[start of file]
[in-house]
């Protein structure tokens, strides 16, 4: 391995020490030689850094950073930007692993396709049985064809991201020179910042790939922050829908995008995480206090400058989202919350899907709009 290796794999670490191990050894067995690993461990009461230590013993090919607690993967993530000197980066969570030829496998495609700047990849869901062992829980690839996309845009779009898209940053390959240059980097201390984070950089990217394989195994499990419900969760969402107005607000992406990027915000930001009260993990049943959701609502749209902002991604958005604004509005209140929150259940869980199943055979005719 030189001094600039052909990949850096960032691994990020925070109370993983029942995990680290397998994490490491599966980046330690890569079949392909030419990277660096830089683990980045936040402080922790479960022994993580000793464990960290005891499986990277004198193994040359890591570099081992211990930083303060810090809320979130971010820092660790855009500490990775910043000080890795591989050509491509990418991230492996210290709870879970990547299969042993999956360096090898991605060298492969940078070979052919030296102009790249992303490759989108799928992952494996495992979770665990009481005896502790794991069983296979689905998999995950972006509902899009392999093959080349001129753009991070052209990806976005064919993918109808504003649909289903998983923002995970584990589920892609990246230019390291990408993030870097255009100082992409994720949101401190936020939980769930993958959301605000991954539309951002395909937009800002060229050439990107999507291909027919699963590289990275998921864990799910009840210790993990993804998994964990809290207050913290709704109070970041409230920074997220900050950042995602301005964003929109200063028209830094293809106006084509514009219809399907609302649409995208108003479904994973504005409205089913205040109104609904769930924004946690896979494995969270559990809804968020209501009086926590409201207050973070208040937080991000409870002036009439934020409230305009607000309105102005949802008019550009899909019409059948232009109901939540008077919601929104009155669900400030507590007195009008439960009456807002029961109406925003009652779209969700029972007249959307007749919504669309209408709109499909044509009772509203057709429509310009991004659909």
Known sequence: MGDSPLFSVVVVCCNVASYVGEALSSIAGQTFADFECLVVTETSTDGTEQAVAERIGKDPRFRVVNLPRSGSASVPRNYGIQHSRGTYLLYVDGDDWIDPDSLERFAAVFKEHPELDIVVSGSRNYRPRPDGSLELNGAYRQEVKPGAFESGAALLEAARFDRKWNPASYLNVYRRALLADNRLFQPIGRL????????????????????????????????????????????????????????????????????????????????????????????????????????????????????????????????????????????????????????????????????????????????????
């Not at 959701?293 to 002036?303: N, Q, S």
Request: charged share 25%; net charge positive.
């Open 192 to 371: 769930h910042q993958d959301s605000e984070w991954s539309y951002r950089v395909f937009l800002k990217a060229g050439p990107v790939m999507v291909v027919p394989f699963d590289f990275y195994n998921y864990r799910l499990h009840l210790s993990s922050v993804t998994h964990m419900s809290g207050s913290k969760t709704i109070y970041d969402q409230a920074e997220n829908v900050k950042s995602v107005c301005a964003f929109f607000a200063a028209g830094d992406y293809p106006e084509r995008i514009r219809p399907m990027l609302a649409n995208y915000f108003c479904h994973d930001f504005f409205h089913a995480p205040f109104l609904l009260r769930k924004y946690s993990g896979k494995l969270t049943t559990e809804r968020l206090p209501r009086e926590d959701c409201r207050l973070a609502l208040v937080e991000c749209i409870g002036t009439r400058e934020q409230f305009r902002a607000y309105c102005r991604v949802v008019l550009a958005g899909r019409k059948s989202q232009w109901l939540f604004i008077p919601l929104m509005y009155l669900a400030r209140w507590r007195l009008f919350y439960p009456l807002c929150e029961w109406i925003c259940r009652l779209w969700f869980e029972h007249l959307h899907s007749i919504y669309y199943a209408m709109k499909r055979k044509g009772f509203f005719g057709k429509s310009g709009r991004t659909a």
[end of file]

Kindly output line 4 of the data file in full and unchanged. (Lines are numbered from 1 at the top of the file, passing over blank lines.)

């Not at 959701?293 to 002036?303: N, Q, S």